In the last few weeks, the Marathwada region of Maharashtra, one of the worst drought affected in the country, has received fair amount of precipitation. In fact, it has rained more than twice the normal average rainfall for the region in the month of March.
The rest of the country, too, has got more than the normal quota of rainfall this month. While these are extremely welcome rains, what is extremely crucial for agriculture and rural India, however, is a good rainfall during the main southwest monsoon season from June to September.
For the last two years, India has had deficient monsoon rainfall, resulting in drought in large swathes of the country. This year, even winter rains, triggered by the north-east monsoon, were absent. Virtually every month after June has seen deficient rainfall. There are indications now, though, that this spell of bad monsoon might just end this year.
The first forecast of the Indian Meteorological Department is still three weeks away, but two key indicators are showing signs of turning favourable in the next few days. The most important is the El Nino phenomenon which is known to suppress rainfall over the Indian region. El Nino — a reference to the unusual rise of sea surface temperatures in the equatorial Pacific Ocean, off the coast of Peru and Ecuador in South America — has been behind some of the worst droughts in recent decades, and was also blamed for the low rainfall last year.
The current spell of El Nino has been one of the longest and strongest of all time. But latest global climate models are showing that this has finally begun to weaken and is likely to enter “neutral” phase by May. What is more, there is a 50 per cent chance of a La Nina, the opposite of El Nino, developing by August. La Nina, the unusual cooling of the equatorial Pacific Ocean, is known to enhance rainfall activity during monsoon.
“A strong El Nino is present and is weakening. Positive equatorial sea surface temperature anomalies continue across most of the Pacific Ocean. A transition to ENSO (El Nino southern oscillation) neutral is likely during late northern hemisphere spring or early summer 2016, with close to a 50 per cent chance for La Nina conditions to develop by the fall,” a bulletin issued by the Climate Prediction Centre of the National Oceanic and Atmospheric Association of the United States said on Monday.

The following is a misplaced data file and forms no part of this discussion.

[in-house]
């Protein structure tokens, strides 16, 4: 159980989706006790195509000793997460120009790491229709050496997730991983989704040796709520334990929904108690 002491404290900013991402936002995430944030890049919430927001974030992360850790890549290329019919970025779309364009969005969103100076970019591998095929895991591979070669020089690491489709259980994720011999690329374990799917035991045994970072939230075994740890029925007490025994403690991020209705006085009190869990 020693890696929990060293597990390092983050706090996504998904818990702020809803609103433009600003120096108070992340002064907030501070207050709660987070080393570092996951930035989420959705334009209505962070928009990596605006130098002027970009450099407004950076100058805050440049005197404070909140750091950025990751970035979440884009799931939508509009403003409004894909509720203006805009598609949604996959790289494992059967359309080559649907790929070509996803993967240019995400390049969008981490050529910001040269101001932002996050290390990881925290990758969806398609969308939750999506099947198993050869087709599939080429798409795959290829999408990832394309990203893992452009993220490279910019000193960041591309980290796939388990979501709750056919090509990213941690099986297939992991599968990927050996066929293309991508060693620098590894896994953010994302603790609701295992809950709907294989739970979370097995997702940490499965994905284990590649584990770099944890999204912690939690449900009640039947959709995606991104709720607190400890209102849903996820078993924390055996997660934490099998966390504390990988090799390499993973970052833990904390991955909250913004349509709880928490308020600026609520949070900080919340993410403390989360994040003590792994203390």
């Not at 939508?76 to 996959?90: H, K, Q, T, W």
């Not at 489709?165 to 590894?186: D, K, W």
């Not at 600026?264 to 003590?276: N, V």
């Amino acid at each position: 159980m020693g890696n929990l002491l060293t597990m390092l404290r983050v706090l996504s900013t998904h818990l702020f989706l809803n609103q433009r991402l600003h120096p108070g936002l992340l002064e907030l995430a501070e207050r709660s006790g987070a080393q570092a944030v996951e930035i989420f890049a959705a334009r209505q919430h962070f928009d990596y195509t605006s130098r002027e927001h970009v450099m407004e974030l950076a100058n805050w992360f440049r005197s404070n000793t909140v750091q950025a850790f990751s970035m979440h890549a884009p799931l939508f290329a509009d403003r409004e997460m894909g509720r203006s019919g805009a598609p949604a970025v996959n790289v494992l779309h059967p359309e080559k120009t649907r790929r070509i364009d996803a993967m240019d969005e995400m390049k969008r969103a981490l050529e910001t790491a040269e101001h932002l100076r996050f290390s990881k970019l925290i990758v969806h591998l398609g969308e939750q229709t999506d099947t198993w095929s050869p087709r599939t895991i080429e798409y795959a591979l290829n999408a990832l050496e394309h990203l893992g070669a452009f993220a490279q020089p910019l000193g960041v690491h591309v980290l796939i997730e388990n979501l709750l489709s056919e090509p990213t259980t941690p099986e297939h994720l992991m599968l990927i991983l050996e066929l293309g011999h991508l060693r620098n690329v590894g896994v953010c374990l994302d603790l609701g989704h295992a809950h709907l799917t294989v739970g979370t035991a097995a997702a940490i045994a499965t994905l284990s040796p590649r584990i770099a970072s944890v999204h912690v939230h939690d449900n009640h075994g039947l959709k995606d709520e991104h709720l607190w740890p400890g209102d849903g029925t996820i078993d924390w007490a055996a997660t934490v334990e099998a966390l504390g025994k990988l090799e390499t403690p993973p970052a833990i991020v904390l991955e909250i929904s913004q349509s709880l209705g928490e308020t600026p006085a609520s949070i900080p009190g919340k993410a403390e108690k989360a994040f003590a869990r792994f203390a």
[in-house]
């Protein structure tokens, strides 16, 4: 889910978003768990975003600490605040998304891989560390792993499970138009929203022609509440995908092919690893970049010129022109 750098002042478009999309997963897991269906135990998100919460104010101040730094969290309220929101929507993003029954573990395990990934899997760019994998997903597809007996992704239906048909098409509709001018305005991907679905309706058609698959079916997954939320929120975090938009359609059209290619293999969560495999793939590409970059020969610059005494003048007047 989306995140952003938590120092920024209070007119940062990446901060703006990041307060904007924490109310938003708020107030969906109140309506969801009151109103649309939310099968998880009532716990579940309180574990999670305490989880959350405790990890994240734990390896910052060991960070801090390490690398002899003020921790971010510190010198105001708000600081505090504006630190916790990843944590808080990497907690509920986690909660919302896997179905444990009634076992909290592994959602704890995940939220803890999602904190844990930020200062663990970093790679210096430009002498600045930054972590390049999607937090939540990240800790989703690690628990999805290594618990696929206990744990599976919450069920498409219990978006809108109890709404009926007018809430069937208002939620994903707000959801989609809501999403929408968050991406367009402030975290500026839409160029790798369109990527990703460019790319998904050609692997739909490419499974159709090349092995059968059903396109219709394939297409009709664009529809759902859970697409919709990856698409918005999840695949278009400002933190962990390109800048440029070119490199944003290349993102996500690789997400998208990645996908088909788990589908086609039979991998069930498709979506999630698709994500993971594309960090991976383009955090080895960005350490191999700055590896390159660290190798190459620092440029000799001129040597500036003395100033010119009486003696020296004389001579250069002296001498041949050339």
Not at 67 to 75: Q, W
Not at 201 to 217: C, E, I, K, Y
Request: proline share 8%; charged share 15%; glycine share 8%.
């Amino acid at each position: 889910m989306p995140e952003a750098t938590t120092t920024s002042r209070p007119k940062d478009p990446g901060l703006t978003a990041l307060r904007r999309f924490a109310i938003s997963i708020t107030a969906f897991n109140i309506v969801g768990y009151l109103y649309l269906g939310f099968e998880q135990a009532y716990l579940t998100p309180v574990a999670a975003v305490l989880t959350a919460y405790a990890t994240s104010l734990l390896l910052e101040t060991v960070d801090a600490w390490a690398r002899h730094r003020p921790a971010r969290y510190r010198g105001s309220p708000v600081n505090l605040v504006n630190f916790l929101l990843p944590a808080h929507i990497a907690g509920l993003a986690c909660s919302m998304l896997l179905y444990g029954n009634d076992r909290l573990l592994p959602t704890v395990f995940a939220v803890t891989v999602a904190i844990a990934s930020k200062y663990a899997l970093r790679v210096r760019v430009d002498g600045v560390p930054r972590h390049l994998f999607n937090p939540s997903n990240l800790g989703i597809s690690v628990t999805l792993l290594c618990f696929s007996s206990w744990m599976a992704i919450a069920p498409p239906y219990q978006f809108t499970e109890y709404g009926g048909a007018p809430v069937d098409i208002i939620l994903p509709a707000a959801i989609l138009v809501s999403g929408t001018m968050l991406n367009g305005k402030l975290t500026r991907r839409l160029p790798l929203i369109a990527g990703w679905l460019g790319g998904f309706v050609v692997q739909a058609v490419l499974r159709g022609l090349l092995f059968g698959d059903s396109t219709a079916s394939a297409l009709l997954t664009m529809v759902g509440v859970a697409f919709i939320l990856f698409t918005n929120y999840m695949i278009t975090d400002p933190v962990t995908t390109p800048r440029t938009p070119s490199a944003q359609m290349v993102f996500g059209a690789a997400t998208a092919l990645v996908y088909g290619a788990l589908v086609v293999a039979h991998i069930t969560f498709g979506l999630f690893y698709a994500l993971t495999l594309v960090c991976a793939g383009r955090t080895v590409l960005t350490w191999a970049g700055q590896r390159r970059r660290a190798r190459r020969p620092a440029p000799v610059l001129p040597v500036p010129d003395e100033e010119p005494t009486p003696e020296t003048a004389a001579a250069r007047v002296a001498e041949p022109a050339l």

The Australian Bureau of Meteorology’s advisory released the next day, too, held that that the equatorial Pacific has been “coolest” since January 2015.
“International climate models suggest El Nino will continue to weaken during the southern autumn, returning to neutral levels by mid-2016,” it said. Another indicator, the Indian Ocean Dipole (IOD), is also neutral right now.
The IOD is a phenomenon similar to El Nino and La Nina, though much closer home in the Indian Ocean. A positive IOD often neutralises the impact of El Nino and is known to induce rainfall over the Indian region. A weakening El Nino and neutral IOD does not necessarily mean good monsoon rainfall. The IMD tracks five indicators to make its first forecast and another three for its second forecast that usually comes in the first week of June. These indicators have complex relationships with the monsoon rainfall. Additionally, the El Nino has a delayed impact. Rainfall in June, the first of the four-month monsoon season, might still be adversely affected by the El Nino if it continues till May.”Although the 2015-16 El Nino is weakening, it will continue to influence climate during the southern hemisphere autumn,” the Australian bureau said. The impact of two successive drought years has not been as debilitating for agriculture as would have been expected a few years ago, thanks to advance warning and timely planning. But the lack of rains have certainly taken a toll of water availability for irrigation, power generation and even drinking purposes. Most of the reservoirs in the country are running way below their normal storage levels at this time of the year. In fact, some of them, including in Marathwada, have completely dried up. The 16 big and small reservoirs in the region together had only five per cent of their normal storage at the start of this week.
As on March 23, the 91 major reservoirs monitored by the Central Water Commission together had water that was only 26 per cent of their full capacity.
The amount of water stored in these reservoirs was less than 70 per cent of what was stored at the same time last year, which itself was quite low. While agriculture’s prospects in 2016-17 will depend largely on the monsoon’s performance, right now meeting basic drinking water requirements till June is the biggest concern.
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